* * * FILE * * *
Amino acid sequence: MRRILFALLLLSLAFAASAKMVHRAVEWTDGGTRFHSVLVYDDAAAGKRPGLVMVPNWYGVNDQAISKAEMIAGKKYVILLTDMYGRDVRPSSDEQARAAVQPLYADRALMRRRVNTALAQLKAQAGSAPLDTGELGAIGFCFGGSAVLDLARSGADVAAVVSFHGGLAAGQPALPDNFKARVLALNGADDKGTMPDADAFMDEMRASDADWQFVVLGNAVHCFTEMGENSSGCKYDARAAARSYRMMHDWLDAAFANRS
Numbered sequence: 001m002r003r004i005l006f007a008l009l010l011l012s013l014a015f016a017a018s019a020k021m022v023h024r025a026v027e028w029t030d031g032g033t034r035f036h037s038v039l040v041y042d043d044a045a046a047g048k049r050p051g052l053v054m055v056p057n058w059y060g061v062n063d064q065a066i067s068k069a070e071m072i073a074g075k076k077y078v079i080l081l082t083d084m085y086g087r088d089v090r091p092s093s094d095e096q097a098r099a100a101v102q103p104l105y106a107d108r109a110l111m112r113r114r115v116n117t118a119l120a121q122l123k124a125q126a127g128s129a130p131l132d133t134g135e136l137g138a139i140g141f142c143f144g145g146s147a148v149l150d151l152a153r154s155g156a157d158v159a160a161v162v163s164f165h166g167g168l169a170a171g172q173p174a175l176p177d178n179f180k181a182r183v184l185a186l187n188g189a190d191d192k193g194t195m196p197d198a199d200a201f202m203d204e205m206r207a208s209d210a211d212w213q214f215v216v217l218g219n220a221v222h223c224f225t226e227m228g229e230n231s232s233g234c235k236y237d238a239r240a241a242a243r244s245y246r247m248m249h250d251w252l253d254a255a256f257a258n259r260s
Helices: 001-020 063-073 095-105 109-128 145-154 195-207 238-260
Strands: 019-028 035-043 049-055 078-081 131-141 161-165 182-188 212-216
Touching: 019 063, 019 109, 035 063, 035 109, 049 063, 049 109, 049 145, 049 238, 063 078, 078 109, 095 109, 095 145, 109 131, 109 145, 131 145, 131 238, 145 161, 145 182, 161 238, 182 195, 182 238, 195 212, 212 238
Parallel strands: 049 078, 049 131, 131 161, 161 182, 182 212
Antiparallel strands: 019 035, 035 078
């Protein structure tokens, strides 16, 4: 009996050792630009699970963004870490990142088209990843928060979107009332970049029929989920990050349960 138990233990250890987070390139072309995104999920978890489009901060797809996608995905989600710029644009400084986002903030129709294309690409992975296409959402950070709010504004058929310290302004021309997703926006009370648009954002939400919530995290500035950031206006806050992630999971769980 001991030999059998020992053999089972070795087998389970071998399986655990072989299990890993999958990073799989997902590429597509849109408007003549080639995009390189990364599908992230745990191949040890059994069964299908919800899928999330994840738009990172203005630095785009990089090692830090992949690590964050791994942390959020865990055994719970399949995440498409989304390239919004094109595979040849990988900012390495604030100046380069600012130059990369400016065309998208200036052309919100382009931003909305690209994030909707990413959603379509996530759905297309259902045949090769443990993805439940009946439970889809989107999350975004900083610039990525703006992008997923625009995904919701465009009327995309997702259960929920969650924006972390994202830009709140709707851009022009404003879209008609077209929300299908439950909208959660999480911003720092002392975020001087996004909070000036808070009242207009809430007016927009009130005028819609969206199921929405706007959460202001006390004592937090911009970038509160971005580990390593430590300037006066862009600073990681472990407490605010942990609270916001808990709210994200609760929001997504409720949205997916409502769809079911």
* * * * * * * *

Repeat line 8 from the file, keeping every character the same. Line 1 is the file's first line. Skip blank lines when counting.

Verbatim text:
């Protein structure tokens, strides 16, 4: 009996050792630009699970963004870490990142088209990843928060979107009332970049029929989920990050349960 138990233990250890987070390139072309995104999920978890489009901060797809996608995905989600710029644009400084986002903030129709294309690409992975296409959402950070709010504004058929310290302004021309997703926006009370648009954002939400919530995290500035950031206006806050992630999971769980 001991030999059998020992053999089972070795087998389970071998399986655990072989299990890993999958990073799989997902590429597509849109408007003549080639995009390189990364599908992230745990191949040890059994069964299908919800899928999330994840738009990172203005630095785009990089090692830090992949690590964050791994942390959020865990055994719970399949995440498409989304390239919004094109595979040849990988900012390495604030100046380069600012130059990369400016065309998208200036052309919100382009931003909305690209994030909707990413959603379509996530759905297309259902045949090769443990993805439940009946439970889809989107999350975004900083610039990525703006992008997923625009995904919701465009009327995309997702259960929920969650924006972390994202830009709140709707851009022009404003879209008609077209929300299908439950909208959660999480911003720092002392975020001087996004909070000036808070009242207009809430007016927009009130005028819609969206199921929405706007959460202001006390004592937090911009970038509160971005580990390593430590300037006066862009600073990681472990407490605010942990609270916001808990709210994200609760929001997504409720949205997916409502769809079911």